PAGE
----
Starring: Stephen Cow Sing Chi, Ng Man Tat
Directed By: Gordon Chan
Copyright © 1992 Wins Movie Productions
KING of BEGGARS
The story of Beggar So is retold once again in this 1992 comedy film starring Stephen Chow Sing Chi and directed by Gordon Chan ,who had previously worked with Chow on the Fight Back to School films.
The first film I remember seeing Stephen Chow in was the Jet Li action-er ''Dragon Fight'' he had done pretty serious roles ,even starring as a triad in John Woo's ''A Better Tomorrow'' . Now the first film which I can remember that featured any of the comedy we would come to expect from him was the 1990 film Curry and Pepper.
It was this film that made me think ,hmmmm ,Stephen Chow ,this guys funny ,i had to track down more on him .
It was ''All for the Winner '' and Fist of Fury 91 '' featuring the art of Gob-Fu which confirmed his presence as a sure fire hit in the comedy film stakes.
Now 1992's King of Beggars is a film set in the Qing Dynasty and follows the story of So Chan ,who became known as Beggar So. Of course the story is highly fictionalized ,even more so in this Stephen Chow vehicle. Chow plays So Chan who is a spoilt rich kid who leads the life of a Playboy . So Chan is Illiterate and due to his laziness . But he excels in Martial arts.
So is also in love a with a courtesan named Yu-Shang. It all goes haywire for So when he enters into a bidding war for Yu-Shang against a local imperial officer and magician ( Chui Mo Kei) .
Yu -Shang is furious that So had won as she arranged to be with Chui so to avenge her fathers Murder by him. She offers a So a demand that she can only be with a man who is a champion in martial arts ,hoping that So would wonder off and forget about her.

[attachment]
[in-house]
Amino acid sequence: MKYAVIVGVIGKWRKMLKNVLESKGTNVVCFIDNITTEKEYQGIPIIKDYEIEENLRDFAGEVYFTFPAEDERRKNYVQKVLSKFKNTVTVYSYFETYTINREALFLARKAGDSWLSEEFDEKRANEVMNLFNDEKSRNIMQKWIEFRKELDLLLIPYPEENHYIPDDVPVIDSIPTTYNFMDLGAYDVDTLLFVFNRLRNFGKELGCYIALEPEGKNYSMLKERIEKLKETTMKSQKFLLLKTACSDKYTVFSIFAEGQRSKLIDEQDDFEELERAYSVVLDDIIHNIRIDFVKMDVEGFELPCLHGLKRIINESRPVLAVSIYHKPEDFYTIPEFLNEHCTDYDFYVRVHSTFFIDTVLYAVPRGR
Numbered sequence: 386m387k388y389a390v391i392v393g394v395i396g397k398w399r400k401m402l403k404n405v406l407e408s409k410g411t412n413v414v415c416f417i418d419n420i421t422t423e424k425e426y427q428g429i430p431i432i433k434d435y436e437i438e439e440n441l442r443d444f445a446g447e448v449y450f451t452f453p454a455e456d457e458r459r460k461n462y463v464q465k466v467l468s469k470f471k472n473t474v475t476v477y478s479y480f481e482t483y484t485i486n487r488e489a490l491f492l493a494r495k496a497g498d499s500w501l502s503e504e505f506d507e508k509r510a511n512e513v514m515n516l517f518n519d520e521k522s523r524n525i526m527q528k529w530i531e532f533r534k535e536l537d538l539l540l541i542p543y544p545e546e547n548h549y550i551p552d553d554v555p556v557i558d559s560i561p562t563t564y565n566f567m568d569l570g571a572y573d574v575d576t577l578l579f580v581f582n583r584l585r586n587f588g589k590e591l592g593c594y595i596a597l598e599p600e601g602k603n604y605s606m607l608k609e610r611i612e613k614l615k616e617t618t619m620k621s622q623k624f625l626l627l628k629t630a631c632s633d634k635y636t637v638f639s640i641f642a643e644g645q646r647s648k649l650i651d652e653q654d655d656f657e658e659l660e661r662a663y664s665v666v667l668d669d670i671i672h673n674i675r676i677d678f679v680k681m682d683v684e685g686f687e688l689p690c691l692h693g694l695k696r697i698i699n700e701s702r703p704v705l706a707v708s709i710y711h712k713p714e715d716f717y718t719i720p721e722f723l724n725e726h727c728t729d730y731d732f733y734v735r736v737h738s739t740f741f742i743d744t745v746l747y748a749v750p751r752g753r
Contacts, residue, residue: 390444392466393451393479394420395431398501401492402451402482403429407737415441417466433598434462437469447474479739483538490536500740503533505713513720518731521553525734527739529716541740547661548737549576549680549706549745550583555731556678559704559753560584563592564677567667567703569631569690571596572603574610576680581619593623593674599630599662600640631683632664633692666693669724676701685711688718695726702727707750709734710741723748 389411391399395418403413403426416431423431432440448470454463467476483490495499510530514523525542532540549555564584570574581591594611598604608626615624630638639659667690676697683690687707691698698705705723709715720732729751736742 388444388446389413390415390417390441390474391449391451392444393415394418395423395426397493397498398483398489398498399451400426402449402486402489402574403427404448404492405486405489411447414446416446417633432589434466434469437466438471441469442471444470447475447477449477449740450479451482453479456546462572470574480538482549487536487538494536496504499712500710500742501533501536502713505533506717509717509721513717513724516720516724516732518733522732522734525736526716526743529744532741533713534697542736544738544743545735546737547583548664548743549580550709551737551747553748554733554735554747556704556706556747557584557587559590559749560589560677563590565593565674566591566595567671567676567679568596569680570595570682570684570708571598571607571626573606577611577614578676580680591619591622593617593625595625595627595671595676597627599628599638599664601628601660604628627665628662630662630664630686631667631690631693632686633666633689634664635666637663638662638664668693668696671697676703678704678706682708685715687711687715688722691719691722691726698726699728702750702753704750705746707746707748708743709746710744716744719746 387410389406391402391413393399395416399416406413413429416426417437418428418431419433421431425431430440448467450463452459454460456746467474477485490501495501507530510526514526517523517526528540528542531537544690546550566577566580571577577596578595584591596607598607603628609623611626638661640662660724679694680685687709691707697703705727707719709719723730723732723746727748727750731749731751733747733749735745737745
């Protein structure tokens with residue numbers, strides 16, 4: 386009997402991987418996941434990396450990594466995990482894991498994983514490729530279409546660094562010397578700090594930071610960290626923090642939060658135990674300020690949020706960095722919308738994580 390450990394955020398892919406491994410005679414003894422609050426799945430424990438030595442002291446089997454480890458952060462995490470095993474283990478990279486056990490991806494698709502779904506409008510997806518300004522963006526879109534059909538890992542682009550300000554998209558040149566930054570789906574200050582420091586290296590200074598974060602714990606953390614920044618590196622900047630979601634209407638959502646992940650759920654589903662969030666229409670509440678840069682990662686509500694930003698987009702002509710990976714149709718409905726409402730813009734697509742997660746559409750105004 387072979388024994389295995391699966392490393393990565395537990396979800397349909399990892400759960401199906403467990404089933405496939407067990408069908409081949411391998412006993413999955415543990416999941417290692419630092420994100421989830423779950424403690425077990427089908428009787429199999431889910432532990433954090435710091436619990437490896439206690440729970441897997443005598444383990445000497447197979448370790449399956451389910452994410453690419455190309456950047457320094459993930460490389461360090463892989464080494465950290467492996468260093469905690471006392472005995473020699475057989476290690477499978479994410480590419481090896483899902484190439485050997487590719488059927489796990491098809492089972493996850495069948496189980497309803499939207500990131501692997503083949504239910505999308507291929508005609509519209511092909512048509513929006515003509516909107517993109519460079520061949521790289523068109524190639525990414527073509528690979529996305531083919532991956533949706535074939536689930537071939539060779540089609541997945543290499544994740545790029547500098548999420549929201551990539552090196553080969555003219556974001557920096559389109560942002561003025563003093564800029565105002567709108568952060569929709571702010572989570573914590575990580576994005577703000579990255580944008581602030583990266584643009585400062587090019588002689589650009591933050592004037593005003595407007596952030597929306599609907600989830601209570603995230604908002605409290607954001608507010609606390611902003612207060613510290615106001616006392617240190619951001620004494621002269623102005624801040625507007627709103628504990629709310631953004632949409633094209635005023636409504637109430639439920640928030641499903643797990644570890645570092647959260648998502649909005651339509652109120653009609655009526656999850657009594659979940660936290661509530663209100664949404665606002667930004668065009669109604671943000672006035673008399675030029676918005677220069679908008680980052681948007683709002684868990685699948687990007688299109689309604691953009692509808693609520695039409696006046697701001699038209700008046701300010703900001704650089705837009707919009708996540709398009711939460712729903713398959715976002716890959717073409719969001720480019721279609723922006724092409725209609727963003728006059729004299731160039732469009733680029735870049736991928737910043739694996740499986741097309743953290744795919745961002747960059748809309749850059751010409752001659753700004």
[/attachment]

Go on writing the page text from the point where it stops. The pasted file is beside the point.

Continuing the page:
What happens is So enters the Imperial Martial arts competition in order to win the hand in marriage of Yu-Shang.
With help he cheats his way through the written tests and his martial skills get him through to the final and victory .
But just as he is about to receive his prize ,Chui reveals of So's illiteracy and he is ordered to write his name , when he fails he announced a fraud and put to death ,it's only at the request of a fellow Imperial guard that the Emperor relinquishes the sentence to he and his family losing their possessions and wealth and forced to live the life of the beggar .
What's worse is when So is caught performing on the streets by Chui ,Chui breaks So's legs so he can not practice martial arts again ( of course we know otherwise)
The film is a stark contrast to the more recent True Legend based on the same character. It goes without saying that it's from this point that the film excels in Entertainment ,as So and his father go about trying to get money for food by all means. The whole process proves hard on So's father ,but it's at the right point ( just before they hit rock bottom ) that they find out that Yu-Shang is part of the Beggar clan and that they aim to put a stop to the persecution of their people by the Qing government.
With a bit of encouragement So and his father are interned into the Beggar Society ,So also becomes enlightened and ends up leading the beggars in their war against impoverishment.
There are some great moments like when So learns the art of the Sleeping Fist ,and his discovery of the plot to overthrow the Emperor by Chui and his comrades. Stephen Chow shows his comical ability to hilarious results ,but at the same time performing some quite dramatic scenes which get you going .
The film also showcases Chow's ability at Martial arts , it's well known of his inspiration in life by Bruce Lee and this film shows he can hold his own . Something not always seen in his other movies.
King of Beggars is a wonderful film from the time of all the new wave Kung Fu films ,it actually contains more fluid martial arts action then many of it's peers around at the same time .
Miss this and your missing a vital part of Kung Fu cinema .
Score out of Ten = 9
Review Date : 30-09-11
|Directed by||Gordon Chan|
|Produced by||Stephen Shiu|
|Written by||Gordon Chan |
|Starring||Stephen Chow |
|Music by||Joseph Koo|
|Cinematography||David Chung |
|Editing by||Mei Fung |
|Studio||Win's Movie Productions|
|Distributed by||Gala Film Distribution Limited|
|Release date(s)||17 December 1992|
|Running time||101 minutes|